My sister and I were recently wondering whether our grasp of the continuously evolving vocabulary of the English language would help us prevent dementia: terabyte, download, netiquette, malware, neuroplasticity, acid-reflux, bromance, bingeable, biohack, microbiome. Surely if I know what these words mean, I am at least contemporary if not exactly smart.
“Microbiomes give me the creeps,” said a friend. “The idea of all these invisible skeevy (another new word) creatures living on me, and in me, ugh.” It’s true that there are more microbes residing in us than human cells. I have this image of myself as this lumbering mini-planet, with a few trillion “residents” making their homes in my hair, my gut, my skin. Some of them like to think of themselves as “caretakers of the planet Lavinia.” They clean up after themselves, restore my chemical balance, recycle, and are kind to other microbes. When they sing Kumbaya. I feel fuzzy all over with an irresistible urge to tie a bandana around my head. Then there are the selfish opportunists: bandits invading and stealing, breaking open perfectly nice cells, attacking and pillaging without thinking of the future. Certain politicians come to mind. I imagine the battles among these various communities, invisible to me as I chop vegetables or drive my car. I don’t hear them screaming in terror as they flow down the drain while I shower. I do notice when there’s a dance party taking place in my colon though. I wonder if their lives are as rich in experiences: love, war, family. I like to imagine some of my friendly microbes sitting around a microscopic table debating the fine points of ligands and neurons over a subatomic glass of ….hmm, what do they drink?
I suppose it’s not a coincidence that I just happened to be watching an old episode of Star Trek (I know, I know) where Captain Jean Luc-Picard was describing an ancient civilization that believed that within every individual lived an entire community. The episode pointed to DNA as the “community.” But it also reminded me that besides the mini-universe residing on and in me, I have a gang of gals dancing in my head at every moment. A friend of mine had a bumper sticker on her car for a long time: “I don’t mind all the voices in my head. I just wish they’d come to consensus.”
I could blame it on my Gemini rising, but I swear there are dozens of Lavinias sharing this body. I can go from confident and sexy to a quivering 5th grader in the blink of an insult. At any given moment, I can turn into my Mother, dismissive and superior, or my Father, “Nothing ventured, nothing gained, kiddo!” I of course like to think that this community of Lavinias all know each other and that I am making a conscious choice each time I go from Little Miss Sunshine to the Wicked Witch of the West. But it never happens. I’ve never been able to sit down with my selves and say, “All right ladies, you’re going to behave from now on. I’m in charge here.” Ms. Righteous Indignation would stand right up and say, “Oh, I don’t think so. You always make the selfish choice.” At which point, Selfish Sally would say, “Well, I deserve to be treated better.” Proud Mary stands up and says, “Ladies, ladies, we all know I’m the best one for the job. None of you is as competent or lovely as I am.” How to bring my parts together?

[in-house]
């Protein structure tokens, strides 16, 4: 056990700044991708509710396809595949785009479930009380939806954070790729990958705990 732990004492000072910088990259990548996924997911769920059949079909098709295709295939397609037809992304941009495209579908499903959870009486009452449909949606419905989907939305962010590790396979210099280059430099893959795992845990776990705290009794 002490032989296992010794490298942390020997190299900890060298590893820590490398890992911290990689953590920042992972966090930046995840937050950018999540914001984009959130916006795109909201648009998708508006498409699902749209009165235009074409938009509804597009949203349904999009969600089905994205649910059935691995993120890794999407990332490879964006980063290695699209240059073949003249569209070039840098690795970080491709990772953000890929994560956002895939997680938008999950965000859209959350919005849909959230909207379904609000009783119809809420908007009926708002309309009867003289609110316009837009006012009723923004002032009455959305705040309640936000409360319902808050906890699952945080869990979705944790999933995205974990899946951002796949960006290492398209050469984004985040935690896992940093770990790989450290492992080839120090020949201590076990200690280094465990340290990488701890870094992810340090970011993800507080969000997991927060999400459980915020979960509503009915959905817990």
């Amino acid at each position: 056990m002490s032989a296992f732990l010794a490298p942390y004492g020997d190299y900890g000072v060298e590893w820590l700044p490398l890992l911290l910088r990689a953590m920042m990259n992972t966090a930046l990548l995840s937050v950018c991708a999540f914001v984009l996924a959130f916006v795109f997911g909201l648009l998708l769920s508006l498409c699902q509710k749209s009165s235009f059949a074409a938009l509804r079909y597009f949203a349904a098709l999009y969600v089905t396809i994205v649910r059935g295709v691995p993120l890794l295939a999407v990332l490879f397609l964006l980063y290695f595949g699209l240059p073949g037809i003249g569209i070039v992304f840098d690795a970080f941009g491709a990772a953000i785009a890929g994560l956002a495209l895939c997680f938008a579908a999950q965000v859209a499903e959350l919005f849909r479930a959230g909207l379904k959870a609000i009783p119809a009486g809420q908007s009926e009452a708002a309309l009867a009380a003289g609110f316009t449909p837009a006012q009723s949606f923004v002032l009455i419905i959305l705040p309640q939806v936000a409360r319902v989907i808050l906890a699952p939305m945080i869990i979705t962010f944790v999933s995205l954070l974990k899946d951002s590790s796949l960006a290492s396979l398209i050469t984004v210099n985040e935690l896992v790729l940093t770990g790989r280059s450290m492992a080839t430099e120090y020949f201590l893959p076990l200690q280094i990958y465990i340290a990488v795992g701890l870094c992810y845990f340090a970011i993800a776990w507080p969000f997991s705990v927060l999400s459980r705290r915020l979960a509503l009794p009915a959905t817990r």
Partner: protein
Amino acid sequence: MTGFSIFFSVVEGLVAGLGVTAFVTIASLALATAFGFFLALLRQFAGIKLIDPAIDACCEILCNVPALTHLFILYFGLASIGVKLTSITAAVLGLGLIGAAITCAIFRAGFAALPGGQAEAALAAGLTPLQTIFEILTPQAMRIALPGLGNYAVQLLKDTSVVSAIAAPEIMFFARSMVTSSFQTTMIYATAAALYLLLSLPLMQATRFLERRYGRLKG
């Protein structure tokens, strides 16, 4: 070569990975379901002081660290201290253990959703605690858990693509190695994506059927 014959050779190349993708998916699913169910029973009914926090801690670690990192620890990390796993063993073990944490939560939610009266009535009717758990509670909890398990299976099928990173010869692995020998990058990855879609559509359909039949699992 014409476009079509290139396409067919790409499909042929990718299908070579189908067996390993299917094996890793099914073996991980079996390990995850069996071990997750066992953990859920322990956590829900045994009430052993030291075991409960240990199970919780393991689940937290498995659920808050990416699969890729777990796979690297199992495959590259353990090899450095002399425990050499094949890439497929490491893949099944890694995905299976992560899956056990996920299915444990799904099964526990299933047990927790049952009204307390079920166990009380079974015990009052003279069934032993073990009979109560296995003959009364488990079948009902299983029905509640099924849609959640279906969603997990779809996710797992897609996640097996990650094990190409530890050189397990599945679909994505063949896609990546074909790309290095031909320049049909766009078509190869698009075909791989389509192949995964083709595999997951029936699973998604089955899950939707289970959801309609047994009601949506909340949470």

I wonder sometimes if the microbiome community that calls me home feels the shift from one owner to another. Do they cower under their mini-table when Lavinia aka Kali the goddess of destruction is in charge? Or is it possible that they are participants in my ever changing personal population? Could we actually be living in some kind of symbiotic relationship that goes beyond biology? There is actually research suggesting that microbiomes influence our behavior. What if in fact, there are microbiomes that feed on the cortisol we release in a moment of political raging? Or other microbiomes grooving and getting high on our serotonin when we are blissed out? It gives new meaning to the term, “What’s eating you?”
I need a new word! Microsymbiosis? Humanomicrosis? Antromicrobiosis? Google!